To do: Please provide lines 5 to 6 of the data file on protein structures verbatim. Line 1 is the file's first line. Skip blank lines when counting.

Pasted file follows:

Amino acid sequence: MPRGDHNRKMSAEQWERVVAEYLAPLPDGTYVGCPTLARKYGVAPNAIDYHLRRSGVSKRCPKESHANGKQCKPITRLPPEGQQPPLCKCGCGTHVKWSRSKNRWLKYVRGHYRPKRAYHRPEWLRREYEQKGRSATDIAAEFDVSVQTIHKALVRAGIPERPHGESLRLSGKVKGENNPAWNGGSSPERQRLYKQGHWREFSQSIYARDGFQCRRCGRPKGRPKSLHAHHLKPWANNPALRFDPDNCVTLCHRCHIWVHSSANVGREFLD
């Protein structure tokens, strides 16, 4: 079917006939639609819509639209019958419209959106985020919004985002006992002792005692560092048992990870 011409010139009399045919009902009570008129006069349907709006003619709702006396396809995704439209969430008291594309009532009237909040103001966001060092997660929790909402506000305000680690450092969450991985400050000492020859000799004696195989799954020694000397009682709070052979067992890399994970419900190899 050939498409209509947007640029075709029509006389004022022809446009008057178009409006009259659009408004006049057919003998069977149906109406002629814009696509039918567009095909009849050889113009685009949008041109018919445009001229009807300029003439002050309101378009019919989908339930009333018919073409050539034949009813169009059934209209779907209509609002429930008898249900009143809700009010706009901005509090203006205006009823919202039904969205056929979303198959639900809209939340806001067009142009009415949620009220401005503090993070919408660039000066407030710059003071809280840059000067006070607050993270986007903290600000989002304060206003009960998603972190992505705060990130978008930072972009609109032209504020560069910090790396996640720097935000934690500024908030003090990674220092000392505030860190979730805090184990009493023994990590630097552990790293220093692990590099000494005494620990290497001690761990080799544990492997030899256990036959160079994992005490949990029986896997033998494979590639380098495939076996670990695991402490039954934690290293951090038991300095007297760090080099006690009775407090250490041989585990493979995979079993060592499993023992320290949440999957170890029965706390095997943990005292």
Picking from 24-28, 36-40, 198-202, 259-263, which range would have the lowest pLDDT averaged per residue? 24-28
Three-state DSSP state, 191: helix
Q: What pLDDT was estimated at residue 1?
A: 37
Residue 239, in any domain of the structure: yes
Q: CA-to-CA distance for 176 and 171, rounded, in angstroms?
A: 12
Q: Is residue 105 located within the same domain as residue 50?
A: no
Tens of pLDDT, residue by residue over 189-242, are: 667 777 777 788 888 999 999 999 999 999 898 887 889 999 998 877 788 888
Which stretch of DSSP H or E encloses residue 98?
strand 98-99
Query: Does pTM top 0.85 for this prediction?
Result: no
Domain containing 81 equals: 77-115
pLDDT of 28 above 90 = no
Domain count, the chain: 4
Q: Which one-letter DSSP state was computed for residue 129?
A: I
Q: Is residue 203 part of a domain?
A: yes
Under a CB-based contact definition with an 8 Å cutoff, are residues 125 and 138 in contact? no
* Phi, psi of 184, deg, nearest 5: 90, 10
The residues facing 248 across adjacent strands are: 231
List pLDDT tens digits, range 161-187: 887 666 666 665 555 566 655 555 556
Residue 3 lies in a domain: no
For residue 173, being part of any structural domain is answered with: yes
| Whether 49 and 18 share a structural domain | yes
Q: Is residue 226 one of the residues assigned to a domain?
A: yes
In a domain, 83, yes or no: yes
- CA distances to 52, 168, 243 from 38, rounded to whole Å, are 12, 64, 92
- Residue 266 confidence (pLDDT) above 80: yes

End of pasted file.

Q: What pLDDT was estimated at residue 1?
A: 37